I wanted to name this blog “Reluctantly Sober”, but deferred because it was too negative. However, this blog post is more negative than my previous posts on sobriety. In my prior posts about sobriety, I was quite excited. I was on a year-long challenge and crushed it. I came out of that challenge with more control over my alcohol use. I nearly drank and knew my limits. I was happy.
So what’s the issue? The issue is that I have to be sober again… but not on my own terms. Theoretically any decision is on my own terms, but I felt I was given no choice. Like many people over 30, I have acid reflux. However, over time, sustained acid reflux can cause many issues like bleeding and pain. Without getting into too many details, alcohol makes those symptoms worse. I can’t afford to risk my life, so the alcohol has to go; along with extra spicy foods and other things that aggregate acid reflux.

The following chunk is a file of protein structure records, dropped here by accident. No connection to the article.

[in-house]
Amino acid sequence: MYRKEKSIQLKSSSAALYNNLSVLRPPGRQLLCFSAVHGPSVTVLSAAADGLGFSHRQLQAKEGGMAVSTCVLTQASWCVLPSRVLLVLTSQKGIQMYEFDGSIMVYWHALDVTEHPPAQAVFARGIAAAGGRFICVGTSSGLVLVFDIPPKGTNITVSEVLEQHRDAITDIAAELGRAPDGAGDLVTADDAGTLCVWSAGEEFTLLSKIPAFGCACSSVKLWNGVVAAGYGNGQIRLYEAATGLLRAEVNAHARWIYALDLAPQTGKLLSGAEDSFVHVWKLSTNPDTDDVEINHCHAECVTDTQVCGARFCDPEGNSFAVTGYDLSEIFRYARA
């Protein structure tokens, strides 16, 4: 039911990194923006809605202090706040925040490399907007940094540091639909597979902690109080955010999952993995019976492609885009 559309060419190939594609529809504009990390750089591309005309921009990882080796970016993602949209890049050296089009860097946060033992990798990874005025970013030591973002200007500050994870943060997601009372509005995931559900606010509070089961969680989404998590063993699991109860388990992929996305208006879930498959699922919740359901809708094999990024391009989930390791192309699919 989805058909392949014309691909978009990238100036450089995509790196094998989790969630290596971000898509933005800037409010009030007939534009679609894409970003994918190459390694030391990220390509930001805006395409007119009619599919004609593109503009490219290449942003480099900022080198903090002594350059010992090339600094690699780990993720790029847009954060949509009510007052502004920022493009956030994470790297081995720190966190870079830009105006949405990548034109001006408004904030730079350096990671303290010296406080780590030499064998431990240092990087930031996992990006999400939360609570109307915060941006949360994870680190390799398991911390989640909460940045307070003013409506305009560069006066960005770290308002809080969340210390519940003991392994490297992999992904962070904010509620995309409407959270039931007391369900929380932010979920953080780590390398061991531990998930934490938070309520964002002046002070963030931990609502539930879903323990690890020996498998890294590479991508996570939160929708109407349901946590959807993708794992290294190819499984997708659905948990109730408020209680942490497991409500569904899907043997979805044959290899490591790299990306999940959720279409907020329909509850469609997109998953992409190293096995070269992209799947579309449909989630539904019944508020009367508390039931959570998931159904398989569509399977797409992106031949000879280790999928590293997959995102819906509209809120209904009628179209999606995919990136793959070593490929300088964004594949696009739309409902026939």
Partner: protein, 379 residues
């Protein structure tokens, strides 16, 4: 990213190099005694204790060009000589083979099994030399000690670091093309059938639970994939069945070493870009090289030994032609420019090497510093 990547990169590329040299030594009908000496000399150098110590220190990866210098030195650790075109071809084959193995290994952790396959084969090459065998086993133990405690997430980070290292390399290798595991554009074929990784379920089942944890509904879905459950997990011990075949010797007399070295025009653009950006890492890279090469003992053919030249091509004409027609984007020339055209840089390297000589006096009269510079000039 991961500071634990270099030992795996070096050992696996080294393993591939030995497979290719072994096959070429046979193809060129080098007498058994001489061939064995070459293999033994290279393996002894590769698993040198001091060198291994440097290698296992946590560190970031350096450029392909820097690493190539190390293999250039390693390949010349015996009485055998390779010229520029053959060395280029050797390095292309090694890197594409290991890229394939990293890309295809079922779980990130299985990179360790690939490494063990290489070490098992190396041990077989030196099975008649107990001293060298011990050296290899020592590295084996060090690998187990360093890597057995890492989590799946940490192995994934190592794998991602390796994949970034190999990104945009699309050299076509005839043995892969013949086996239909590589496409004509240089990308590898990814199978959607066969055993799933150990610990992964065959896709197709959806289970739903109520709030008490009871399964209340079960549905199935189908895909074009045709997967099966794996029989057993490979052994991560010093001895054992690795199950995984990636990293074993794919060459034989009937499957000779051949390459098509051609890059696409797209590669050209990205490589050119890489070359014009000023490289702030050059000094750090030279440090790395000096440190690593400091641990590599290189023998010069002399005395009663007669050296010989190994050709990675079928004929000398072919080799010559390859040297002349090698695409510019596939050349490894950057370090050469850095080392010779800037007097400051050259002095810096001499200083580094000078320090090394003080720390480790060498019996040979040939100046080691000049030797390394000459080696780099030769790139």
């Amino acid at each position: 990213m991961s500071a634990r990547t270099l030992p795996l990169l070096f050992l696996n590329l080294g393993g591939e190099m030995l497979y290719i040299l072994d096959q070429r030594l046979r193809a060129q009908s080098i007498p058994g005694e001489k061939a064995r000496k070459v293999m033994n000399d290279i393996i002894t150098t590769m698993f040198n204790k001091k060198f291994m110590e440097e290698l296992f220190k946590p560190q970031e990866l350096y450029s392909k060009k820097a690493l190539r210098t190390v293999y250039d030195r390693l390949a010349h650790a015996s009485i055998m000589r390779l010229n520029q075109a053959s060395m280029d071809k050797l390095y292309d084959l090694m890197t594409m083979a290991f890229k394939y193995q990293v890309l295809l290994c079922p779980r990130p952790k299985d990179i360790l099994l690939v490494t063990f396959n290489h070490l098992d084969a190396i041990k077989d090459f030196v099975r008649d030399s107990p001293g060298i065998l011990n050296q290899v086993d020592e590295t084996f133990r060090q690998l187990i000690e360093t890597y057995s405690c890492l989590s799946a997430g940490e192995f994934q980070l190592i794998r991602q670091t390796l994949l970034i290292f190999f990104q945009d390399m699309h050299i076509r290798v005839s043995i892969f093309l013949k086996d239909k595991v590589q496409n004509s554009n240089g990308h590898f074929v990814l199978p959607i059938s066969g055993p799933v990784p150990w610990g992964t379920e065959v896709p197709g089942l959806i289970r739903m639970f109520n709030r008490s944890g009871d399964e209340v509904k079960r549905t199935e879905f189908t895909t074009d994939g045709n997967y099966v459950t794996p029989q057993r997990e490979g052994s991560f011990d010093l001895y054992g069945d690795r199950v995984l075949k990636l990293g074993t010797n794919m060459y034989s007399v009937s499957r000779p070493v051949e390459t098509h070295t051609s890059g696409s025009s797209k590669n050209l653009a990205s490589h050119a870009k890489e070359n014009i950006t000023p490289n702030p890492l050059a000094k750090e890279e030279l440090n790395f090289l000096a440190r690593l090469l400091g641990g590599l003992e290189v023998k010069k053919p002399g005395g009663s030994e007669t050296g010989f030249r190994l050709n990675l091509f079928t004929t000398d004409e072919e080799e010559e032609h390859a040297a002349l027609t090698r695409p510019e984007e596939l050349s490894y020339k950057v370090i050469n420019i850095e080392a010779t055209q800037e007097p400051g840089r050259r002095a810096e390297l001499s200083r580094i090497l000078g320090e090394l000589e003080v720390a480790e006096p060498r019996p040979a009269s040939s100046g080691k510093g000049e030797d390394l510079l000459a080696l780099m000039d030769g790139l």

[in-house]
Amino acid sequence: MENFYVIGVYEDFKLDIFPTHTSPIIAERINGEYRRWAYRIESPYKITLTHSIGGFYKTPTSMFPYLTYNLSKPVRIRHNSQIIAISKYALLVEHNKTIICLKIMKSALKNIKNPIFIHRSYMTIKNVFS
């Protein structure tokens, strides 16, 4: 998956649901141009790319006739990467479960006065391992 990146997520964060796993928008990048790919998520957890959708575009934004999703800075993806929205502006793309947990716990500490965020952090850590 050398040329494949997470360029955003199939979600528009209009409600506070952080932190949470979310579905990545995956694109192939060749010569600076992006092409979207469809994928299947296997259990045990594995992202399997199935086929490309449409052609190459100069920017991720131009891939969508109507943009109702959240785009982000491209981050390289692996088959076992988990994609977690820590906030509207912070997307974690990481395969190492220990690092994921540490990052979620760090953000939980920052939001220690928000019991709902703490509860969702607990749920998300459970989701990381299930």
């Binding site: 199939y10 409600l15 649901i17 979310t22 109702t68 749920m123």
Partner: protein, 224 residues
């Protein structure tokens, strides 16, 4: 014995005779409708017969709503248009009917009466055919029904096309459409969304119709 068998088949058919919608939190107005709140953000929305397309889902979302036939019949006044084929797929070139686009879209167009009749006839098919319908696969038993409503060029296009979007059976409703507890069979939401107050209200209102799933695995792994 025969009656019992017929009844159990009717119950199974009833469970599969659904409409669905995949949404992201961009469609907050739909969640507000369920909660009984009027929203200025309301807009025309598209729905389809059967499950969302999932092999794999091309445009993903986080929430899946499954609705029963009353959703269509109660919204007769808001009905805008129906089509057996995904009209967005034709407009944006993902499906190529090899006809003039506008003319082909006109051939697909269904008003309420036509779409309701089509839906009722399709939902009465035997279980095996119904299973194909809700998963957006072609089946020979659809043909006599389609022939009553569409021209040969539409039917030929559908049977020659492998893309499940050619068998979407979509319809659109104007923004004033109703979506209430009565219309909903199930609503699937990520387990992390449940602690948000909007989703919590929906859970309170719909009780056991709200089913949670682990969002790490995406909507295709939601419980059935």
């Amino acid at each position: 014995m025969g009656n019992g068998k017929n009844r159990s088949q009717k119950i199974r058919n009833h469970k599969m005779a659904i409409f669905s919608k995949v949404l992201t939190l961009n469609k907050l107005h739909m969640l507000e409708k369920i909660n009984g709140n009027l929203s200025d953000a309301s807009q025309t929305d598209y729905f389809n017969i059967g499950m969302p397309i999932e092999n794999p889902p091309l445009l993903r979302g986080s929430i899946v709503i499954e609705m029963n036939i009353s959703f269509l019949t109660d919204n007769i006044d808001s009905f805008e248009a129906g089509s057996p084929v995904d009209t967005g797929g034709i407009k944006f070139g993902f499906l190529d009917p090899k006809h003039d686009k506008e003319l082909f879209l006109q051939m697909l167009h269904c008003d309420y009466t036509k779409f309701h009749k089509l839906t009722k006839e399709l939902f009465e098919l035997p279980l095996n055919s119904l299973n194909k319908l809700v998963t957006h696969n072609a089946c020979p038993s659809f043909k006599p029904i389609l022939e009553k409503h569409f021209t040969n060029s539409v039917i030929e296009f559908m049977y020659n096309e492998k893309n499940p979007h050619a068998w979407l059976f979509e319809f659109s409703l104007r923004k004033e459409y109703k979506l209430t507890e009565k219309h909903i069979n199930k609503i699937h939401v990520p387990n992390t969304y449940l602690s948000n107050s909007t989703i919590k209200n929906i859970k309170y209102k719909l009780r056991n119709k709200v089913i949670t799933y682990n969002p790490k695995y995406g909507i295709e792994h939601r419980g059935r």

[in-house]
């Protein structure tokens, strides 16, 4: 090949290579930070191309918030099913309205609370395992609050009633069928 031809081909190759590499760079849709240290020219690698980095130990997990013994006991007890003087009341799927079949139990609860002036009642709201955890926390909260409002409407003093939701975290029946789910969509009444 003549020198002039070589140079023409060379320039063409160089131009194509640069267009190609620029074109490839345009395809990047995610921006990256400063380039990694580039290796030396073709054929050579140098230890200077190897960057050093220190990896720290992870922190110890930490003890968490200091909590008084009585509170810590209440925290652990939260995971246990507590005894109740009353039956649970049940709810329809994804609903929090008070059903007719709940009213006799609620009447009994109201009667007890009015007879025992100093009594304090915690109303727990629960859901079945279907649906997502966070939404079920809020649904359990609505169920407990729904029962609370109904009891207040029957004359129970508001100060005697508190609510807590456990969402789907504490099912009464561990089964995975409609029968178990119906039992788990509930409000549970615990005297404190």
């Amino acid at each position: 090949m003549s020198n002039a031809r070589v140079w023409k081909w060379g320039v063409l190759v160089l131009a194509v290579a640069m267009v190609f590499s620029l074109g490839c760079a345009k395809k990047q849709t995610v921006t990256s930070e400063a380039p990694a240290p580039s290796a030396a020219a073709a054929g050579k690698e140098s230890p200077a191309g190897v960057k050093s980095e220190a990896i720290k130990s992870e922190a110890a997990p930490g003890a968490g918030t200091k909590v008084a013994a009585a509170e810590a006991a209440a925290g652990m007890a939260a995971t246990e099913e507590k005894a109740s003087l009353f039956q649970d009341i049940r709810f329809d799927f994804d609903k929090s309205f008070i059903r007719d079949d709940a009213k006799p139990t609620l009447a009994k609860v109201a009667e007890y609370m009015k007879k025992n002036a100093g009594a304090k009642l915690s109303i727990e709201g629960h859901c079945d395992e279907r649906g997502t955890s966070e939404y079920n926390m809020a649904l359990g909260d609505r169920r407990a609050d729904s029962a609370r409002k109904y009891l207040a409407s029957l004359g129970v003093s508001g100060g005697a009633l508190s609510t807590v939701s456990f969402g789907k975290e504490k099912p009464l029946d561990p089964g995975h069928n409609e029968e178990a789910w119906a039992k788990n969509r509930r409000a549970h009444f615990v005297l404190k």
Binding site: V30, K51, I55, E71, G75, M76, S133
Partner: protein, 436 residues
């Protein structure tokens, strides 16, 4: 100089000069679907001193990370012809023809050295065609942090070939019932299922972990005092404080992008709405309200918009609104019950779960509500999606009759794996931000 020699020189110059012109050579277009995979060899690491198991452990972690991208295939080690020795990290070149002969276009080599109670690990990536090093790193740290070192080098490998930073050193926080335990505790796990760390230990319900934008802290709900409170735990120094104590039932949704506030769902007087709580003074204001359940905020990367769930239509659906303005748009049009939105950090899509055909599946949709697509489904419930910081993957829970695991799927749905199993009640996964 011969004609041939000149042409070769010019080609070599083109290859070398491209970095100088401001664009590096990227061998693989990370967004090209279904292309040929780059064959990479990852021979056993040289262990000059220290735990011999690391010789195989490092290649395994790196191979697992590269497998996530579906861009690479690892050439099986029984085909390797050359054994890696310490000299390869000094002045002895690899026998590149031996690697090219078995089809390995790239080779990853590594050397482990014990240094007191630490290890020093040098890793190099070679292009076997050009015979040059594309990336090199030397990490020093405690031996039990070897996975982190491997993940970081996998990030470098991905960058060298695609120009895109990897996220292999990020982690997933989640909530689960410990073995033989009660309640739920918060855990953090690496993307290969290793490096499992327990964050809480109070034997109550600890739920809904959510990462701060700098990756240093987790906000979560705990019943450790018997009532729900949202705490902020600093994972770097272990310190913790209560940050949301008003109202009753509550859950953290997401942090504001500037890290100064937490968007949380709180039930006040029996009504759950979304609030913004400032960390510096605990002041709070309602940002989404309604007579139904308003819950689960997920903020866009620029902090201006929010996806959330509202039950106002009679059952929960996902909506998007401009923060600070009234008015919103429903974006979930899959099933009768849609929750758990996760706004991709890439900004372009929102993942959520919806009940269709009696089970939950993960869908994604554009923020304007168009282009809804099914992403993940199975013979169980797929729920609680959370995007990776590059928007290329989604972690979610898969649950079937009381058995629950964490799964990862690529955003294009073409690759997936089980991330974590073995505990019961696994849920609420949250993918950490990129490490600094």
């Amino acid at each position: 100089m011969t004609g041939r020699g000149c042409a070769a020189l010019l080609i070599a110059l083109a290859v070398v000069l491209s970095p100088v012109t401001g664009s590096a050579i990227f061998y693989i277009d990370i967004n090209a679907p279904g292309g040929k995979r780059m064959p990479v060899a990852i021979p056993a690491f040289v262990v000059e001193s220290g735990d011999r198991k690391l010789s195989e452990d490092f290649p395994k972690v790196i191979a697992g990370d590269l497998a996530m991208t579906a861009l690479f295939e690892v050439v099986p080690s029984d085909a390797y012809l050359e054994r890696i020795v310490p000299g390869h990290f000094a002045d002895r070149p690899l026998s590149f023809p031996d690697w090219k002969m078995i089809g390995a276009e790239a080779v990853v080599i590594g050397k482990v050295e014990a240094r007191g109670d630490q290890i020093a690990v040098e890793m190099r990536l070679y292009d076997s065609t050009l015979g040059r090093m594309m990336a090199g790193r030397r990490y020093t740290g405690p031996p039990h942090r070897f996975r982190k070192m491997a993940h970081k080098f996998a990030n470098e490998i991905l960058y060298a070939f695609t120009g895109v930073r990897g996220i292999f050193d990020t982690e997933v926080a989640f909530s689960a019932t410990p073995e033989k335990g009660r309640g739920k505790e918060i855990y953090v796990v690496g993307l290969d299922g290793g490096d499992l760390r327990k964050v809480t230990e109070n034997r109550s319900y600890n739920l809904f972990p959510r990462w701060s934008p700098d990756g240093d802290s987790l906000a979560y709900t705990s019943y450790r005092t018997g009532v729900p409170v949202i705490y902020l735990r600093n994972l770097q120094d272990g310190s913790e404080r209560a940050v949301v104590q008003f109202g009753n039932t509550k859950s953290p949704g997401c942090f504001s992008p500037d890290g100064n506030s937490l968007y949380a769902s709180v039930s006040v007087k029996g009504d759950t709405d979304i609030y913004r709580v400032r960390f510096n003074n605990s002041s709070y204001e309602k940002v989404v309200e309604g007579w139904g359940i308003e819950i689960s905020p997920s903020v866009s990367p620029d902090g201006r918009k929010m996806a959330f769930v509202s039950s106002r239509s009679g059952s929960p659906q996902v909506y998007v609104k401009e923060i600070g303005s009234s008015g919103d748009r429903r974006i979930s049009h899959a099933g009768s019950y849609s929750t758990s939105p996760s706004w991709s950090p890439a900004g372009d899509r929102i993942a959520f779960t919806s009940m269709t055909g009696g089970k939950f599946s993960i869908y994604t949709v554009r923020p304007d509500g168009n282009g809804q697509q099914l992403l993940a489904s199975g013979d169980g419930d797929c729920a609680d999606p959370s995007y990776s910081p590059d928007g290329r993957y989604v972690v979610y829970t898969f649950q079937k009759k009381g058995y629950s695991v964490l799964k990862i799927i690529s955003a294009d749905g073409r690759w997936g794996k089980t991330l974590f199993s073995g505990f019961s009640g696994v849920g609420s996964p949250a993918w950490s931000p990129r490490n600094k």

The weird thing is that I’m upset and frustrated to choose sobriety this time. I enjoyed that I could drink sparingly and appear “normal” during gatherings. I enjoyed that I could continue my road to being a beer master and was so proud to become a Certified Cicerone. As much as the yearly challenge helped me to experience the benefits of not drinking and understand the negatives of drinking, I didn’t fully take that time to mourn losing a sense of normalcy. In my subconscious, I knew my sobriety was going to be temporary. It’s currently challenging to grapple with the totality of it. My stomach issues aren’t going to get better if I don’t make and keep drastic changes.
I think I’m most frustrated with the notion that I had “control” over my alcohol use. The notion of “total control” of a substance is a farce anyway, but I wanted to believe it to be “normal” and keep my lifestyle. Now, having to fully confront sobriety head on without a challenge, I’m acknowledging how difficult it is to fully let go of any habit that is normalized.
Although I’m embarrassed to share my frustrations, I felt I needed to write this post because the decision to abstain is not always gum drops and bunnies. It’s hard to break habits and go against the grain. They talked about these difficulties during the challenge. However, the real work occurs after class and in the real world. If any of this resonates with you, please comment and share. Although I’m frustrated, I believe I can embrace sobriety without looking back.